Standing 7,970 feet above sea level in the Andes mountains of Peru, the ancient Inca city of Machu Picchu is probably among the most recognized and celebrated archaeological sites in the world. Its fame is not simply a result of its breathtaking (quite literally) location and stunning views but the remarkable story of its role at the time of the Spanish conquest. As the Inca empire fell, Machu Picchu was abandoned and, as a consequence, never found, occupied or destroyed. The forest covered the city and, when it was uncovered in 1911, a stunningly preserved example of the mastery of Inca architecture was revealed. Machu Picchu now stands as a testament to the skill and complexity of indigenous civilizations in the Americas.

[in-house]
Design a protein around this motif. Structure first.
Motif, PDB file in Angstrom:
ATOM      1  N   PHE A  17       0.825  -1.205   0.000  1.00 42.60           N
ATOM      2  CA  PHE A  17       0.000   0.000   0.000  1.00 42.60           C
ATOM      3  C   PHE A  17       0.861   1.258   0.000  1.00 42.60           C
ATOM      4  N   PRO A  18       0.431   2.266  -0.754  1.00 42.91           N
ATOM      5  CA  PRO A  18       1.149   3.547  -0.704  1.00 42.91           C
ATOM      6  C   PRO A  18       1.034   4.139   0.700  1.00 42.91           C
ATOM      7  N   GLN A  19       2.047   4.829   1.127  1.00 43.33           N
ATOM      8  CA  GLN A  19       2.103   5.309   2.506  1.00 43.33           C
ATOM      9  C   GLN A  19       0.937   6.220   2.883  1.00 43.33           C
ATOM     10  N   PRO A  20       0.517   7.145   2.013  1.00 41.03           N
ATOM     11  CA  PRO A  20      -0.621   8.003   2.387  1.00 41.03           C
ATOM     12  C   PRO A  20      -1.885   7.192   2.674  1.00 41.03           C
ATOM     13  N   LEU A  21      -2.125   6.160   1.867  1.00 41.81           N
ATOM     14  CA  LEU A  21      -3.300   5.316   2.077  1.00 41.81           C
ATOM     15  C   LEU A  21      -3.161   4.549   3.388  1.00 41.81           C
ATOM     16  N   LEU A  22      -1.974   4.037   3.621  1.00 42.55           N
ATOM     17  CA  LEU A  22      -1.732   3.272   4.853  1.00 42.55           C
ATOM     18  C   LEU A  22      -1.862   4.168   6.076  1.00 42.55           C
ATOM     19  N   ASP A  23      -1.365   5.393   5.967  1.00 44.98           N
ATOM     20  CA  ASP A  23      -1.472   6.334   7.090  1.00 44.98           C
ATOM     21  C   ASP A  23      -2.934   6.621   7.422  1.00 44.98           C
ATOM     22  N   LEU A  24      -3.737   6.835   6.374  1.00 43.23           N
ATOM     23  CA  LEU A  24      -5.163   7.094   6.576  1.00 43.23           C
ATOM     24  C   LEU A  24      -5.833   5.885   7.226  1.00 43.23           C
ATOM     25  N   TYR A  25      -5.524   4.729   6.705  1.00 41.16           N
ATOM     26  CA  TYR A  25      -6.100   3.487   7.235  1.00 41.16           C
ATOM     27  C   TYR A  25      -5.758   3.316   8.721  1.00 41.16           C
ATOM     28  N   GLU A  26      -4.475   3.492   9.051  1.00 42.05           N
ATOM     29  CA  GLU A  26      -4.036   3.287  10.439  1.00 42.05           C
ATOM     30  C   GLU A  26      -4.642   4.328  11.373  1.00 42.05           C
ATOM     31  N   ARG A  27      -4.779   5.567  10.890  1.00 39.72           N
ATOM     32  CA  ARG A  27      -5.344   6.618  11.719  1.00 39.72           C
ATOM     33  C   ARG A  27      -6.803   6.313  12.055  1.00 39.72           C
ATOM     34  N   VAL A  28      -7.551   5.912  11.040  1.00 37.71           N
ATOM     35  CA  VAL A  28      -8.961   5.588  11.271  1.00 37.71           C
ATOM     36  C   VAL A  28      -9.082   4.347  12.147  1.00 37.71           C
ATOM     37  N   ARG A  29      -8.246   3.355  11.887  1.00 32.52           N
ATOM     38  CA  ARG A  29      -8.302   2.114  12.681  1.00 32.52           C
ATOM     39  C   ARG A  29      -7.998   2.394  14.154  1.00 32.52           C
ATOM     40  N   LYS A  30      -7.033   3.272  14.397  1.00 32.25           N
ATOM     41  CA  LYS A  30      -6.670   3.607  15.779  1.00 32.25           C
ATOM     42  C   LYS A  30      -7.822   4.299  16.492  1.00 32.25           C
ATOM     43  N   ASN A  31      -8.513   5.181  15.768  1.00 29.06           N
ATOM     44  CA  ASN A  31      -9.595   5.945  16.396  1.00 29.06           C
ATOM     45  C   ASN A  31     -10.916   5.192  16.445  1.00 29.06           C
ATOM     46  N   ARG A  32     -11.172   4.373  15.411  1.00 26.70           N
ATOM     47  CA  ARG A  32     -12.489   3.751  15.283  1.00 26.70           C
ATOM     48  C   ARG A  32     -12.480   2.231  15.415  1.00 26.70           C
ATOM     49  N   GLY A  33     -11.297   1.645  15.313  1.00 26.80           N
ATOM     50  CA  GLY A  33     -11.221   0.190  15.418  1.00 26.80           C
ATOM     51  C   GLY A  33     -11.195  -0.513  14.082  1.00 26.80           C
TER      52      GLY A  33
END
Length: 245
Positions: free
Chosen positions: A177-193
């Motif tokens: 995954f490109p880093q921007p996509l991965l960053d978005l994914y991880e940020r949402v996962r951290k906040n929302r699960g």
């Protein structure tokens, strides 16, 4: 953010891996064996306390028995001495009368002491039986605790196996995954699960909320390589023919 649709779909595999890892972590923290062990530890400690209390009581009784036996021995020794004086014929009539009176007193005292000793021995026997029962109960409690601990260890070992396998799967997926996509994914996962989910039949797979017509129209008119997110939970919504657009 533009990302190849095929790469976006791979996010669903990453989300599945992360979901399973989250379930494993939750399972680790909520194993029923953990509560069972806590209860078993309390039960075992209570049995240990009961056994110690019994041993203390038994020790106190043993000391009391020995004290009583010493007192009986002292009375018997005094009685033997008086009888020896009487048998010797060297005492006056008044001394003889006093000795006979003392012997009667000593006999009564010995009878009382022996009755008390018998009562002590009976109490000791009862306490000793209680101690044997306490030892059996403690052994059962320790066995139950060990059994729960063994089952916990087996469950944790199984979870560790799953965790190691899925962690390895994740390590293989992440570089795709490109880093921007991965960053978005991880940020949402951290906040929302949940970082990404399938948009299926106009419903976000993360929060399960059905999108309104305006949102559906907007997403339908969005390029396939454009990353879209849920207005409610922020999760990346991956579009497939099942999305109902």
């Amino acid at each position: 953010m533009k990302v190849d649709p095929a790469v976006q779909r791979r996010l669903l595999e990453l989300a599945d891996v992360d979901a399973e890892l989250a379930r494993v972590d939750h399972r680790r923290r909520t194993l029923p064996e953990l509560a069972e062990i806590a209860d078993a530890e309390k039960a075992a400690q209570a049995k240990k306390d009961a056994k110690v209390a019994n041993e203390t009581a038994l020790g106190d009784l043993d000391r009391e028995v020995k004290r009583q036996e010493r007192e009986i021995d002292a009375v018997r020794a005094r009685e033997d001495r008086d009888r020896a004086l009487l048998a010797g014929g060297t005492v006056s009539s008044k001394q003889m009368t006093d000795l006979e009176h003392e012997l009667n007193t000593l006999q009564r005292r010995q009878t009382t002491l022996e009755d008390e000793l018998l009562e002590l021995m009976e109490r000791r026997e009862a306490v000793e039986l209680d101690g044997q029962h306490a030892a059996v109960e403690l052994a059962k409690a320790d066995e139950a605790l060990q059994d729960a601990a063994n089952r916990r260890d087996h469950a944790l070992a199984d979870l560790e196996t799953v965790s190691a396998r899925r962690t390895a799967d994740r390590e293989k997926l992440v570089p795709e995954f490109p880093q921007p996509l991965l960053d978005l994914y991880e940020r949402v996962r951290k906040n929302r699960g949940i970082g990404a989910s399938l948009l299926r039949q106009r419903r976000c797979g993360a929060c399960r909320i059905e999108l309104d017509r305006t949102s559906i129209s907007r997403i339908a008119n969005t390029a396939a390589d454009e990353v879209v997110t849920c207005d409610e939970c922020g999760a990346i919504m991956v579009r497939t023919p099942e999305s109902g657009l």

Kristina Baines is our resident cool anthropologist. She’s been formally trained in applied, sociocultural, ecological and medical anthropology at Florida Atlantic University (BA, MA), the University of Oxford (MSc) and the University of South Florida (PhD). She has a strong interest in corn, how what we do in our environment makes us well, and using innovative methods to make anthropology relevant and accessible to a wide audience. You can find out more about how these interests translate into projects and pursuits by perusing the rest of our site, or you can contact her directly at firstname.lastname@example.org